Last Updated: December 23, 2020

Toronto Chinatown History

One of the first settlers in Toronto’s Chinatown, Sam Ching, opened and maintained a hand laundry business on Adelaide Street. This was during 1878. He was the only Chinese man documented in the registry for the city. Over the next two decades, Chinatown took form; even though the Chinese Immigration Act of 1885 was still in place. They populated Bay and Elizabeth Streets. Hundreds of Chinese men flooded in through Western Canada after building the Canadian Pacific Railway. This left the male to female ration around 80:1. They worked longer hours for less money than the Canadians. This allowed them to have more jobs, and a riot to break out due to the Canadians not having enough work in the area. This eventually rolled into the Great Depression where things seemed to have gotten worse.

By the time 1910 rolled around, Toronto’s Chinese population grew to over a thousand. Hundreds of businesses owned and operated by the Chinese developed along these streets. Many of the businesses were restaurants, grocery stores, and hand laundries for the neighborhood and passerby’s. In 1930, Chinatown was a firmly established community that was well defined throughout Canada. They suffered an extreme decline when the Great Depression hit. This closed more than 200 businesses throughout Chinatown. Their fortunes soon recovered at the end of World War II. This is also the time when the population increased as well. Due to the tight compact apartment buildings that they were living in, a lot of the newly immigrated Chinese had to find room and board with others around the city. This left poor housing conditions and cramped spaces for everyone involved. Sometimes there were more than 12 to a two bedroom apartment.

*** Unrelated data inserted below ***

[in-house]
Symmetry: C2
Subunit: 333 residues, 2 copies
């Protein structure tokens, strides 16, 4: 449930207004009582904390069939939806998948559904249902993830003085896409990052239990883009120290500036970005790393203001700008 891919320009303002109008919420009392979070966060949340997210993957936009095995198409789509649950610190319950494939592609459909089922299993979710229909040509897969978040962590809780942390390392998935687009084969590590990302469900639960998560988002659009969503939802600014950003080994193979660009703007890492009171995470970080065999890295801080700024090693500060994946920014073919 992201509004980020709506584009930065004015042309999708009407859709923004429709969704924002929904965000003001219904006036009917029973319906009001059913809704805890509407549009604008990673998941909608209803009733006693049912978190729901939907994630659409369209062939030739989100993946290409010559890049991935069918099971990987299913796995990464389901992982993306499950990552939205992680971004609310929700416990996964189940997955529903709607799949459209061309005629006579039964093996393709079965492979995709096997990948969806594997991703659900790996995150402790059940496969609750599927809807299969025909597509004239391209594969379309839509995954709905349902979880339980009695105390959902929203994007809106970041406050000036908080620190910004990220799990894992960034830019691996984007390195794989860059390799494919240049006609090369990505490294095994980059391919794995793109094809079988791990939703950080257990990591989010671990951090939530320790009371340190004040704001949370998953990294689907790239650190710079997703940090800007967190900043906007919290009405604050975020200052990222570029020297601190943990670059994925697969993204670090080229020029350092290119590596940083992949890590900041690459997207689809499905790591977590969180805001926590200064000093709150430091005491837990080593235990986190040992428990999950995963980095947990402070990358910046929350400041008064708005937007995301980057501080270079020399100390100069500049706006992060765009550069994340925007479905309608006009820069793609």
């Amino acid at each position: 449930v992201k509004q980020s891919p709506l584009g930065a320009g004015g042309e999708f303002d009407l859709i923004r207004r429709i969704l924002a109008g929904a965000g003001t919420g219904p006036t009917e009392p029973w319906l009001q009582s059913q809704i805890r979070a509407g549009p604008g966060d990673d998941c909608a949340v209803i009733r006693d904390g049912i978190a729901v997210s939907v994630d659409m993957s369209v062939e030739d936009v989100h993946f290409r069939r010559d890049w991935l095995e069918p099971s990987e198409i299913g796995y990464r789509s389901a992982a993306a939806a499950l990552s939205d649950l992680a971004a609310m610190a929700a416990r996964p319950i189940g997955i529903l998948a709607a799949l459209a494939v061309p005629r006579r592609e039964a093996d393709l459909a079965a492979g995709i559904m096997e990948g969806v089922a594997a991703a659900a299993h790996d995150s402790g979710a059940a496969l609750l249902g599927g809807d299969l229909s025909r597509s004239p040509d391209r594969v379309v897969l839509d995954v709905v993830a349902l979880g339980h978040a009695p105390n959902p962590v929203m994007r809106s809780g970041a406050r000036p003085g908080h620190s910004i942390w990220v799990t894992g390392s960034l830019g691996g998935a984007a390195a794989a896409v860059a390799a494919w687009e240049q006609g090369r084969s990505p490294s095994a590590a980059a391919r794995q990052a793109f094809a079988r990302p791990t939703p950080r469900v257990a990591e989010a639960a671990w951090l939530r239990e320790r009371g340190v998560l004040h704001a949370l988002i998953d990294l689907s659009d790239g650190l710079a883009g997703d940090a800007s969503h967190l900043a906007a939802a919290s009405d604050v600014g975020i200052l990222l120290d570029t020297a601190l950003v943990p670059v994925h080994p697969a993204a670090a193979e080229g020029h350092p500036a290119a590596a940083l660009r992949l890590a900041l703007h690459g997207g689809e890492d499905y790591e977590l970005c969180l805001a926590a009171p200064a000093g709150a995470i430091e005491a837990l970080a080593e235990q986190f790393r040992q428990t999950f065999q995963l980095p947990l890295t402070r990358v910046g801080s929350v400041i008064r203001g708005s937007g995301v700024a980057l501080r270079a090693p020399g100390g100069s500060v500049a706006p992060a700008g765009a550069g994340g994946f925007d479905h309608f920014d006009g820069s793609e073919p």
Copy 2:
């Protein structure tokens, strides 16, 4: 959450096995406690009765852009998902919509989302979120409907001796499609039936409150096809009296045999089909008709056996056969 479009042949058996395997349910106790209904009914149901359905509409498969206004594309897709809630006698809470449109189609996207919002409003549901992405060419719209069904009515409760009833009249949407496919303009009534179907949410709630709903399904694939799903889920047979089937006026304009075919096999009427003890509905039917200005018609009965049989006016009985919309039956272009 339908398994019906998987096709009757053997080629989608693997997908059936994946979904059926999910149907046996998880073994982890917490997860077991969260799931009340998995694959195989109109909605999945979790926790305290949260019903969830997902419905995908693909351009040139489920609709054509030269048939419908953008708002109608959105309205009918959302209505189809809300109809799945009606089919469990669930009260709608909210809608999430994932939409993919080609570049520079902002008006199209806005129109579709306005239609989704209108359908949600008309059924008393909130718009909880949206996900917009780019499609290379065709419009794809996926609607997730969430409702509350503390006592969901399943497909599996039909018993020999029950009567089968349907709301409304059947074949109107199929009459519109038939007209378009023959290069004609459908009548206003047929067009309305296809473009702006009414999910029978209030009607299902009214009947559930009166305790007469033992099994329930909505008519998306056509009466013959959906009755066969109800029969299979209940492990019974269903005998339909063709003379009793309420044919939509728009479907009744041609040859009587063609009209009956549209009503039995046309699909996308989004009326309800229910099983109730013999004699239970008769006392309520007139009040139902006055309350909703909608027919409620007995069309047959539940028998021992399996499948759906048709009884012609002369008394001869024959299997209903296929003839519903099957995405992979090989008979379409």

Between 1947 and 1960, thousands of Chinese students, laborers, and family members flooded into Toronto from Guangdong and Hong Kong. There was talk of a new constructed Toronto City Hall in the middle of Chinatown. This was known to many of the Chinese, and also meant that they would have to find a new home since many of their apartments would be destroyed because of the new plans. Chinese businesses began the relocation process, and other Chinese stores were taking over by developers. A lot of the stores that were left behind were destroyed through expropriation. More than two thirds of each of their streets, Elizabeth and Dundas were destroyed for the project.

Construction for the City Hall in Toronto began in 1961. During the year of 1967, the city proposed that Chinatown should be once again relocated. This time, it was for the development of new office buildings in the area that they were occupying. Many more businesses were in danger due to this move. The ‘Save Chinatown Committee’ was then established by Jean Lumb. She was to be the coordinator of the campaign that was going to be held to save the community of Chinatown. In 1976, she received the Order of Canada for helping to save Chinatown, and being such a big part of it.

The Chinese migrated towards the West to habitat where they are presently. A few of the Chinese still remain in the previous location, although the majority moved on. Chinatown now covers a large block of multiple streets that you can walk through with businesses on either side to visit. This also allows for further expansion in the Chinatown community.

Header image courtesy of Wikimedia

About the Author Anna Timbrook

Anna is the co-owner of expert world travel and can't wait to share her travel experience with the world. With over 54 countries under her belt she has a lot to write about! Including those insane encounters with black bears in Canada.